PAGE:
Manufacturer's Suggested Retail Price (MSRP), also known as "sticker" price, is a recommended selling price that automakers give a new car that is above the invoice price paid by the dealer. It is a price that does not include any options that can be added to a particular car style. When shown as a range, the prices are starting MSRPs, without options, for multiple styles for that model.
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By Jim Flammang
March 3, 2004
Vehicle Overview For the first time in seven seasons, Chevrolet’s full-size rear-wheel-drive Express van underwent a major redesign in 2003. The freshening included upgraded powertrains, revised features and an all-new look. Chevrolet said the vans had three industry firsts: optional all-wheel drive, an optional left-side door and unique side access panels for commercial vans. Its front-end styling was revised to give a greater family resemblance to General Motors’ other trucks.
During the 2004 model year, 15-passenger vans gain GM’s StabiliTrak electronic stability system as a standard feature. An assist handle also has been installed.
The GMC Savana is closely related to the Express. The Express outsells its GMC counterpart by a considerable margin, but sales of both have been stagnant. Both rear- and all-wheel-drive models come in 1500, 2500 and 3500 duty levels. Light-duty rear-drive vans have the Vortec 4300 V-6 as their base engine, but three Gen III Vortec V-8s are available.
Exterior Express vans are built on a separate box frame. The 2003 redesign included revamped taillamps and upscale reflector-type headlights. Light-duty vans have rack-and-pinion steering.
The front and rear suspensions are modified from those used on GM’s full-size pickup trucks. The rear suspensions use a solid axle with semielliptic variable-rate multileaf springs and gas shocks. The tires measure 16 inches in diameter, and the fuel tanks are made of composite material.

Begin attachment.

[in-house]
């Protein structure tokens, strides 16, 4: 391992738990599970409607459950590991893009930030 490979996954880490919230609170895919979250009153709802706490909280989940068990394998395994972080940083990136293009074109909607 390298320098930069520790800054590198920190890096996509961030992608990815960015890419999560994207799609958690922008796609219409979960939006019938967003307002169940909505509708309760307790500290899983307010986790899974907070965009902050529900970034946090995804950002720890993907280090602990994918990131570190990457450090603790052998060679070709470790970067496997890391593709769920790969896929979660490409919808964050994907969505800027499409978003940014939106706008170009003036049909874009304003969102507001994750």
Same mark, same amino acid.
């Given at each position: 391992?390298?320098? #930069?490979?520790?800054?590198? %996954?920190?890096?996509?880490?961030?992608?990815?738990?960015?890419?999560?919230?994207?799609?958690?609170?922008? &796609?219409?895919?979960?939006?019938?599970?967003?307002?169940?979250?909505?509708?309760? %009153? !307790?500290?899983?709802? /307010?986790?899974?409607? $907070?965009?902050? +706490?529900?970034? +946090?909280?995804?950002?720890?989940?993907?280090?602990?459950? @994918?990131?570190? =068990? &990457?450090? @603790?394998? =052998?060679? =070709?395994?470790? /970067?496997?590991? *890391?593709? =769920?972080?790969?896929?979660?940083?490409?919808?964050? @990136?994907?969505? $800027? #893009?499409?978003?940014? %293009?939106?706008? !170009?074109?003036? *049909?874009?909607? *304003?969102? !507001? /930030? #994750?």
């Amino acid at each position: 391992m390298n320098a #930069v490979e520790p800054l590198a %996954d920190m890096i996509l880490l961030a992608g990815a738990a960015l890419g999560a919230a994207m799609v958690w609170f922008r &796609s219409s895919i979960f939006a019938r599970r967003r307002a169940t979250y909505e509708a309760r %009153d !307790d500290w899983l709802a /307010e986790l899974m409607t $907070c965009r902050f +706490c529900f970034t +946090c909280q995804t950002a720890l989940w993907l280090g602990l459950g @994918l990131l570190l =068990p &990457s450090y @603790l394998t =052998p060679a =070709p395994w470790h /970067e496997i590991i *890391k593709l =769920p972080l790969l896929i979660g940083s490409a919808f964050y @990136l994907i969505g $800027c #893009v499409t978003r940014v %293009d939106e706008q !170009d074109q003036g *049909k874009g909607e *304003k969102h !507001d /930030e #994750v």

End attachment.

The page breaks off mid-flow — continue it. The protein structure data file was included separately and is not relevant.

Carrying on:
Express passenger vans come with a regular-length (135-inch) or extended-length (155-inch) wheelbase and measure 224 and 244 inches long overall, respectively. These vans are 79.4 inches wide and at least 81.6 inches tall.
Chevrolet’s 1500 Series vans have gross vehicle weight ratings (GVWRs) of 6,200 or 7,200 pounds (cargo and passenger models, respectively), while the GVWRs for 2500 Series vans are 7,300 or 8,600 pounds. Full-bodied vans in the 3500 Series are rated at 9,600 pounds GVWR.
Interior Full-size Express passenger vans can carry eight, 12 or 15 occupants, while Express cargo vans seat only two people up front. Regular-length passenger and cargo vans may be equipped with a 60/40-split left-side entry/load door. Side access doors with remote releases are limited to work-oriented Express Access models and permit easier accessibility to tools and parts from either side of the van.
Options include Radio Data System technology and GM’s OnStar communication system. The use of an advanced Class II electrical system allows for battery run-down protection, retained accessory power, lockout protection and a substantial number of driver alerts.
Under the Hood Four engines are available. Light-duty G-Series vans have a 195-horsepower, 4.3-liter V-6 as the base engine. Three V-8s are offered: a 275-hp 4.8-liter, a 285-hp 5.3-liter and the 6.0-liter Vortec 6000 that generates 300 hp. All engines have air-filter and oil-life monitors. Each power plant mates with a four-speed-automatic transmission that incorporates a Tow/Haul mode. Equipped with a viscous-coupled transfer case, the all-wheel-drive van functions on wet or dry pavement without driver intervention.
Safety All-disc antilock brakes and daytime running lights are standard, but side-impact airbags are not available.